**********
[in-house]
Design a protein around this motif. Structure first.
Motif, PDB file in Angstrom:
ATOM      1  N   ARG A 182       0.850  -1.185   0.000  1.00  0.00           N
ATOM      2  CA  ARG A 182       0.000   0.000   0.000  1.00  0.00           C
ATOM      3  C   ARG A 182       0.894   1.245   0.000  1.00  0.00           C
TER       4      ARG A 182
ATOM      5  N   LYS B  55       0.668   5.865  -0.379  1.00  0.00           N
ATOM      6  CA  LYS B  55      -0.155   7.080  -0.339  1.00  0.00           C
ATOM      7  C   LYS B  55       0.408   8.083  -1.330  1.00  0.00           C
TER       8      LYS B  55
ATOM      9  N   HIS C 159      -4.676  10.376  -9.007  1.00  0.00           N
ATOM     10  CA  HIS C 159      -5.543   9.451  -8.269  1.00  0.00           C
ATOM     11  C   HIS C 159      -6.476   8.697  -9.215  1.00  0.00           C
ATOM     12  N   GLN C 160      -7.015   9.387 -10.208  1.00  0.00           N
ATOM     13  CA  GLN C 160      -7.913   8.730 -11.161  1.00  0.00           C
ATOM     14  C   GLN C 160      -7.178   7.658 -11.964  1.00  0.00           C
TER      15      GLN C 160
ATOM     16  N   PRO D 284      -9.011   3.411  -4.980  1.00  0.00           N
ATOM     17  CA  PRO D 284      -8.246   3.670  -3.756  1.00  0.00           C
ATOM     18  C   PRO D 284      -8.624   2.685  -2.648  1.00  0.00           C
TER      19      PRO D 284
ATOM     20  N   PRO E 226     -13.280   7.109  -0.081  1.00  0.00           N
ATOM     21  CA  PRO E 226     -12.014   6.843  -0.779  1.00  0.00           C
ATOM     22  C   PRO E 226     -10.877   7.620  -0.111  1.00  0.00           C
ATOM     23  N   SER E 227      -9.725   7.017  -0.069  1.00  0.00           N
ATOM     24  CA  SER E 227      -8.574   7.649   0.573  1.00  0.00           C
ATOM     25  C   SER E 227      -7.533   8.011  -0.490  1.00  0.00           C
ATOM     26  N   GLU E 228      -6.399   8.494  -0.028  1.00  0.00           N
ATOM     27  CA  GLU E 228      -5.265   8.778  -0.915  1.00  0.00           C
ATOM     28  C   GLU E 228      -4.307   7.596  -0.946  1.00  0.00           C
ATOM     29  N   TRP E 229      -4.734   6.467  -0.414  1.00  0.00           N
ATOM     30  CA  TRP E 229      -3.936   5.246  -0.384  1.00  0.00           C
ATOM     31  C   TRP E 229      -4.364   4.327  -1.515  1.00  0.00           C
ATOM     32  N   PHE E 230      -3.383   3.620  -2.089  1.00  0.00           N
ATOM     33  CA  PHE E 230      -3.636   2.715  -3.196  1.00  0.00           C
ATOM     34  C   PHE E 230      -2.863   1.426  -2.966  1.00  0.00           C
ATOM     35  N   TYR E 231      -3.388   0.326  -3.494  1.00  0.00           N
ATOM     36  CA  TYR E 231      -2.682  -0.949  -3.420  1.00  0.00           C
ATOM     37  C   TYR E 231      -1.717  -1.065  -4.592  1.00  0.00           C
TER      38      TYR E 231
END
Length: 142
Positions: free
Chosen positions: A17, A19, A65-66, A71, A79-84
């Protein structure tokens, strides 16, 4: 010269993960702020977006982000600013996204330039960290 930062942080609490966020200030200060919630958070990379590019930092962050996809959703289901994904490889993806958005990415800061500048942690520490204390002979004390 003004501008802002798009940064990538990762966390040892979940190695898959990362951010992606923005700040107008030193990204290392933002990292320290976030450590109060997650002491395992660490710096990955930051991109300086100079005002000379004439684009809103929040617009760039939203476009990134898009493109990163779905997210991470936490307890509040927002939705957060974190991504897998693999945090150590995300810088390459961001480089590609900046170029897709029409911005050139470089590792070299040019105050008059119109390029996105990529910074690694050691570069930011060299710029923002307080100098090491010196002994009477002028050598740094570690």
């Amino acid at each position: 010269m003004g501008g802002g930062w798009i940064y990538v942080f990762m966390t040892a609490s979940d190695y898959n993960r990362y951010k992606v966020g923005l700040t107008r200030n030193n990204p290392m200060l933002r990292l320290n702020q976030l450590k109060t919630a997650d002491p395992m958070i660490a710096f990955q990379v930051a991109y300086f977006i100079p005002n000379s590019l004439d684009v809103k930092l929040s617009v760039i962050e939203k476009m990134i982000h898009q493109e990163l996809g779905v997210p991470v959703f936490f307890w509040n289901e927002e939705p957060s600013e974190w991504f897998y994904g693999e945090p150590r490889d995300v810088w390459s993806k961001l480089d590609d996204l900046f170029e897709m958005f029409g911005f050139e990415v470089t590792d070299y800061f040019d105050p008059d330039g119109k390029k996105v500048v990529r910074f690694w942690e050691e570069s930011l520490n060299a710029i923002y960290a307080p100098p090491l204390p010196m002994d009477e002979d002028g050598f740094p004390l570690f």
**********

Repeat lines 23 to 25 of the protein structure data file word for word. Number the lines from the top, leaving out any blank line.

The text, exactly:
ATOM     20  N   PRO E 226     -13.280   7.109  -0.081  1.00  0.00           N
ATOM     21  CA  PRO E 226     -12.014   6.843  -0.779  1.00  0.00           C
ATOM     22  C   PRO E 226     -10.877   7.620  -0.111  1.00  0.00           C